Spain will keep a register of people who oppose a Covid-19 vaccine and share the list with other EU countries
- Spanish Health Minister Salvador Illa said a list of denials would be drawn up
- The vaccine will not be mandatory, but Spain hopes to have 20 million vaccinated by June
- The government's vaccination strategy calls for the investigation of "possible reasons for reluctance".
Spain will set up a register of people who refuse to be vaccinated against Covid-19 and share the list with other EU countries, Health Minister Salvador Illa said on Monday.
Although vaccines will not be mandatory, Illa said a list of "people who have been offered it and who simply refused it" would be drawn up after a government vaccination schedule called for "possible reasons for reluctance" to be investigated.
Illa told La Sexta television that the register would be shared with European countries "as with other treatments", although employers or members of the public would not have access to it.
Like most of the EU, Spain started delivering the Pfizer / BioNTech sting over the weekend and is hoping to vaccinate nearly half of its 47 million residents by early summer.
A 72-year-old man receives his first dose of the Pfizer / BioNTech vaccine in a Madrid nursing home on Sunday as Spain begins its Covid-19 vaccination program
Spain was hit hard by the pandemic, with almost 1.9 million people infected. The falls have fallen from their fall peak but started to rise again before the Christmas break
A poll published last month found that 28 percent of Spaniards were unwilling to take a Covid-19 vaccine, up from 47 percent in November.
The stat CIS research institute survey found that 40.5 percent of respondents are willing to take the trick, while 16.2 percent would do so if it was found to be "reliable."
The Pfizer / BioNTech vaccine was approved by an EU regulator last week after studies showed it was 95 percent effective.
Illa said the register would include anyone who refused the vaccine "for whatever reason, taking advantage of their legitimate freedom."
"It is not a document that will be published and it is being prepared with the greatest possible respect for privacy," said Illa.
"The way to beat the virus is to vaccinate all of us, or the more the better," he added.
An official vaccination schedule released on December 2 confirmed that the vaccine would be voluntary, but required a refusal register to be kept.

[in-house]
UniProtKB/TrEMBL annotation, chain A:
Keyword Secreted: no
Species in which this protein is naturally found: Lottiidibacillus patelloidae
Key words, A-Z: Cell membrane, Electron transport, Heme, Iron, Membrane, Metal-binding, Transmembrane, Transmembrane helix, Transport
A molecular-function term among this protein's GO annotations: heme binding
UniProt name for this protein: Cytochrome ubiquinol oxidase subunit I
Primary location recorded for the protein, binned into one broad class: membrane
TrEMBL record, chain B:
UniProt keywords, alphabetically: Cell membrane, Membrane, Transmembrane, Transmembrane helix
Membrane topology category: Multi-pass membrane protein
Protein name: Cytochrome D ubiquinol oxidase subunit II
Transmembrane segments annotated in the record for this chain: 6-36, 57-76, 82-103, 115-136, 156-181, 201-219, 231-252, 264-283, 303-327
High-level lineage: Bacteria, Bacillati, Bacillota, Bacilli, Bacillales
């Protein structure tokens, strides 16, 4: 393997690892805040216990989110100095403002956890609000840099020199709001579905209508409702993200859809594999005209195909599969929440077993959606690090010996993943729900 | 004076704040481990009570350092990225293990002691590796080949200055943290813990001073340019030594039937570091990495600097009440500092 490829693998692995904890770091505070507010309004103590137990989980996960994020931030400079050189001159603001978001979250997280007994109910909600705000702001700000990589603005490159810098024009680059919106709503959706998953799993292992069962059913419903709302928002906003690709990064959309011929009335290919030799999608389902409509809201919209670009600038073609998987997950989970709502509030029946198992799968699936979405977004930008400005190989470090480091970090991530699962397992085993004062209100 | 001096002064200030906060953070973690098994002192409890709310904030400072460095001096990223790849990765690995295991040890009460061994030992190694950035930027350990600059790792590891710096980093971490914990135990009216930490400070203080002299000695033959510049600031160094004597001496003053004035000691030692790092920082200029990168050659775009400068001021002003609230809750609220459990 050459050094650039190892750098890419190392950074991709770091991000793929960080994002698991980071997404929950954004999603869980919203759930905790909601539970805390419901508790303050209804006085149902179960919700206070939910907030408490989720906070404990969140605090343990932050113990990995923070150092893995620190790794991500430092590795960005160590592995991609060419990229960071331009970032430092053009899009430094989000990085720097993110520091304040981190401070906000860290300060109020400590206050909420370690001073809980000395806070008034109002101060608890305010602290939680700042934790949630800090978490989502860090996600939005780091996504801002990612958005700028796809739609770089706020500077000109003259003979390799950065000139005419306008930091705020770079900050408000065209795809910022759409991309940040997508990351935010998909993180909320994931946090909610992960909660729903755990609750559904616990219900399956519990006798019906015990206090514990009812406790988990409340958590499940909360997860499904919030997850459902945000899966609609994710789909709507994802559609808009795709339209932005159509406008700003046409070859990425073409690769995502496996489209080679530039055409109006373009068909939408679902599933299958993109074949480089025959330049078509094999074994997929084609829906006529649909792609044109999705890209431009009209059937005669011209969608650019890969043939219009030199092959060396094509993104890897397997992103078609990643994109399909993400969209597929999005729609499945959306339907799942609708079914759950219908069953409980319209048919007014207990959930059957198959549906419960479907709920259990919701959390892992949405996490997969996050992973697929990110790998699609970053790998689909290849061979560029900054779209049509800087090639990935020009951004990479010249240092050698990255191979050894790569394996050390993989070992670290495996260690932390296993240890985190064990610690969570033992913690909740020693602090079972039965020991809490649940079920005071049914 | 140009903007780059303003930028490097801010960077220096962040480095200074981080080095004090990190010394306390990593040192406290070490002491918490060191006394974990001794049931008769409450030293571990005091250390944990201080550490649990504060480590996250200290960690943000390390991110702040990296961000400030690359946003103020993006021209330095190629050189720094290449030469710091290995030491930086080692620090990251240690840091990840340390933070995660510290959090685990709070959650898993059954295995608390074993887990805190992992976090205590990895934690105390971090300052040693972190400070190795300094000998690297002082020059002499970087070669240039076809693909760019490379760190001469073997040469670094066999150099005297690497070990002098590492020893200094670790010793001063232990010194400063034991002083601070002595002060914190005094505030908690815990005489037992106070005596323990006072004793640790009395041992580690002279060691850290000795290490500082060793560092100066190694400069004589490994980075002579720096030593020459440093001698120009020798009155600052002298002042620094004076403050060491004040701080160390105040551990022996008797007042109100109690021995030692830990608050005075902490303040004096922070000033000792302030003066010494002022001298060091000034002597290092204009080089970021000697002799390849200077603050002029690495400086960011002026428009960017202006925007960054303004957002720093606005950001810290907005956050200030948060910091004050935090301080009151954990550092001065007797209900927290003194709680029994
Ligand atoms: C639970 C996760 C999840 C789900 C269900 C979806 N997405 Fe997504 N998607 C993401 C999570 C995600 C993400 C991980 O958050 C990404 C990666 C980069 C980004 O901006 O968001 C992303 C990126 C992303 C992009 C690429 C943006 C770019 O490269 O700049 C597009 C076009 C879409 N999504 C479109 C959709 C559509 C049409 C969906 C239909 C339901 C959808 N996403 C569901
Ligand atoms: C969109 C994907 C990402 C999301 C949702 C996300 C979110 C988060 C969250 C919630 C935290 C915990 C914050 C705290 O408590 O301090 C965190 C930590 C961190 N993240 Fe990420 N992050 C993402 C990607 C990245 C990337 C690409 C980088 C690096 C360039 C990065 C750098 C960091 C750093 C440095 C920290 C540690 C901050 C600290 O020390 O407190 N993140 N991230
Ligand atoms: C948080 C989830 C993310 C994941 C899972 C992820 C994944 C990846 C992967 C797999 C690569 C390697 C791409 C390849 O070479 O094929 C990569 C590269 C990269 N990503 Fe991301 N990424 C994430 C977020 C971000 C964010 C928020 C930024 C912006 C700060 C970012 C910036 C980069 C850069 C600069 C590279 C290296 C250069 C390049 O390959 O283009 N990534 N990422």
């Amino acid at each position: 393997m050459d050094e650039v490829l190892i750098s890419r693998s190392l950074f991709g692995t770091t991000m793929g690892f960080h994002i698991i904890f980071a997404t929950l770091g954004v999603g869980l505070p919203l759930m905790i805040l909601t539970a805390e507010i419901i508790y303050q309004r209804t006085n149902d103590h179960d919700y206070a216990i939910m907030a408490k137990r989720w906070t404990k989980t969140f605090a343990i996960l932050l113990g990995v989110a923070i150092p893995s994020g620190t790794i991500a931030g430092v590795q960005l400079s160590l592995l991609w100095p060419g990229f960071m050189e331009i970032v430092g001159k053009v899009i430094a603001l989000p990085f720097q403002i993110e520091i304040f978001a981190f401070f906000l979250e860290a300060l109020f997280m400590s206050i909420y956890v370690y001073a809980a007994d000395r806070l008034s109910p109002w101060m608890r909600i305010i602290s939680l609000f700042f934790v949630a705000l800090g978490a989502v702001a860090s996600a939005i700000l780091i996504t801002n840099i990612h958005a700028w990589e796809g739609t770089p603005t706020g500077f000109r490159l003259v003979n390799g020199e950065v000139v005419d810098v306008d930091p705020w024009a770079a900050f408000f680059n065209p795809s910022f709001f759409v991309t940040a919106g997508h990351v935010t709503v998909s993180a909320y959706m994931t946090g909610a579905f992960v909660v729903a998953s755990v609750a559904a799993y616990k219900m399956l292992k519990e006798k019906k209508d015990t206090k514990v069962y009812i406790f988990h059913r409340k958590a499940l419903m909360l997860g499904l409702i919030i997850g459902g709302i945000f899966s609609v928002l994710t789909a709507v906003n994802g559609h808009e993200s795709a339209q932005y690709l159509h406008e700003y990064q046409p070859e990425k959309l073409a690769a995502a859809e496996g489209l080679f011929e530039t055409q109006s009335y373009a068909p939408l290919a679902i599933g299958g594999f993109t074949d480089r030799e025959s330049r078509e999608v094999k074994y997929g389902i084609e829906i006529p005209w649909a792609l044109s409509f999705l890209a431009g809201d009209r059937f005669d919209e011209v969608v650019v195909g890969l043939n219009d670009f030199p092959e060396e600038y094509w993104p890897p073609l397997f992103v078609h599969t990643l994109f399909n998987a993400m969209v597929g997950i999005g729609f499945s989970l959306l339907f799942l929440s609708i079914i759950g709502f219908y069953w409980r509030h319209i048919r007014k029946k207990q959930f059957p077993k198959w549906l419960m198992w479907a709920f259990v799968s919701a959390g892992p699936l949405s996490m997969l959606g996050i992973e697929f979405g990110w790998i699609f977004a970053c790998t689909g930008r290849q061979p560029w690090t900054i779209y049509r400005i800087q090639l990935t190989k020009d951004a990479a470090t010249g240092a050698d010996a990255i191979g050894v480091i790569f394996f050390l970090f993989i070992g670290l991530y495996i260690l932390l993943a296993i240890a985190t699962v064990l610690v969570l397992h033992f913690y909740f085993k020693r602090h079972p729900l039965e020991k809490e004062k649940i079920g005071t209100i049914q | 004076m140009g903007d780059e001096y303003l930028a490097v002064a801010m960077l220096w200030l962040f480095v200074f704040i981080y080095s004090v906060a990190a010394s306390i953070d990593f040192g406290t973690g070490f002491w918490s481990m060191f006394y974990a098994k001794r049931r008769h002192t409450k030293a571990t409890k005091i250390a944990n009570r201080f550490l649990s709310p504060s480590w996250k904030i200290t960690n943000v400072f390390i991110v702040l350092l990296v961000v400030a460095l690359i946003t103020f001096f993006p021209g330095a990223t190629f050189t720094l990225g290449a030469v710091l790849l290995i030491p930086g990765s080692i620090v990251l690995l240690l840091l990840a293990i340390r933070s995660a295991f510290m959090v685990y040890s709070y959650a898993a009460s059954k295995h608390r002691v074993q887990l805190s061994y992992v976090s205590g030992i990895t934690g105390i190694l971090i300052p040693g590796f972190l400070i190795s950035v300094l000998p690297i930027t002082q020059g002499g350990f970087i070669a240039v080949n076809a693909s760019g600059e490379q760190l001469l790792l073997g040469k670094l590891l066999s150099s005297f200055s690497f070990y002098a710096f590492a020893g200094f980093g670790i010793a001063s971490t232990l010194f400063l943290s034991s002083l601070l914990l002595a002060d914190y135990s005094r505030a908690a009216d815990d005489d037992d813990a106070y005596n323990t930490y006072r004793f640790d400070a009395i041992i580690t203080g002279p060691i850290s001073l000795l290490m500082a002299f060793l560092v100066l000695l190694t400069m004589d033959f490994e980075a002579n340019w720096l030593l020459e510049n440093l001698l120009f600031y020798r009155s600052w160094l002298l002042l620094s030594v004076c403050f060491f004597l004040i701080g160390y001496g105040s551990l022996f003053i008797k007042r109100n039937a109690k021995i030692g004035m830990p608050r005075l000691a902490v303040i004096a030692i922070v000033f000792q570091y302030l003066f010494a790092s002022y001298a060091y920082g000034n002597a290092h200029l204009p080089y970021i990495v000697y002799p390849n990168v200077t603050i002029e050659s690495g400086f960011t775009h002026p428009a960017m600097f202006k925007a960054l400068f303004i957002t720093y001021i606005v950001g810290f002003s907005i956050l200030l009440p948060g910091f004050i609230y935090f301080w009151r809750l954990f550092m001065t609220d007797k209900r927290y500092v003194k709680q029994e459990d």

"It is important to record cases of vaccination refusal in the vaccination registry in order to understand the possible reasons for the reluctance in different population groups," the document says.
A woman receives the vaccine at a nursing home in Barbastro on Sunday as Spain began its mass vaccination campaign after an EU regulator approved the Pfizer / BioNTech product
Spain intends to vaccinate up to 20 million people by June, with an initial target of 2.5 million by the end of February.
Araceli Rosario Hidalgo Sanchez, a 96-year-old woman who lives in a nursing home, took the country's historic first push to begin the vaccination program on Sunday.
Monica Tapias, a carer in the same old people's home in Guadalajara, was the second Spanish woman to follow her to receive the vaccine.
"Araceli and Monica are a new step full of hope today," said Spanish Prime Minister Pedro Sanchez.
Under the EU agreements, Spain is ready to receive enough doses of vaccine to immunize 80 million people – almost double the country's population.
People at increased risk or high exposure to the virus, such as nursing home residents and medical workers, come first.
Additional doses will go to "nearby countries that may need them," the health ministry said earlier this month.
Spain was one of the hardest hit countries in Europe during the pandemic. Covid deaths passed the 50,000 mark on Monday.
While the cases have fallen from their fall peak, they climbed again before the Christmas break, and in total nearly 1.9 million people were infected.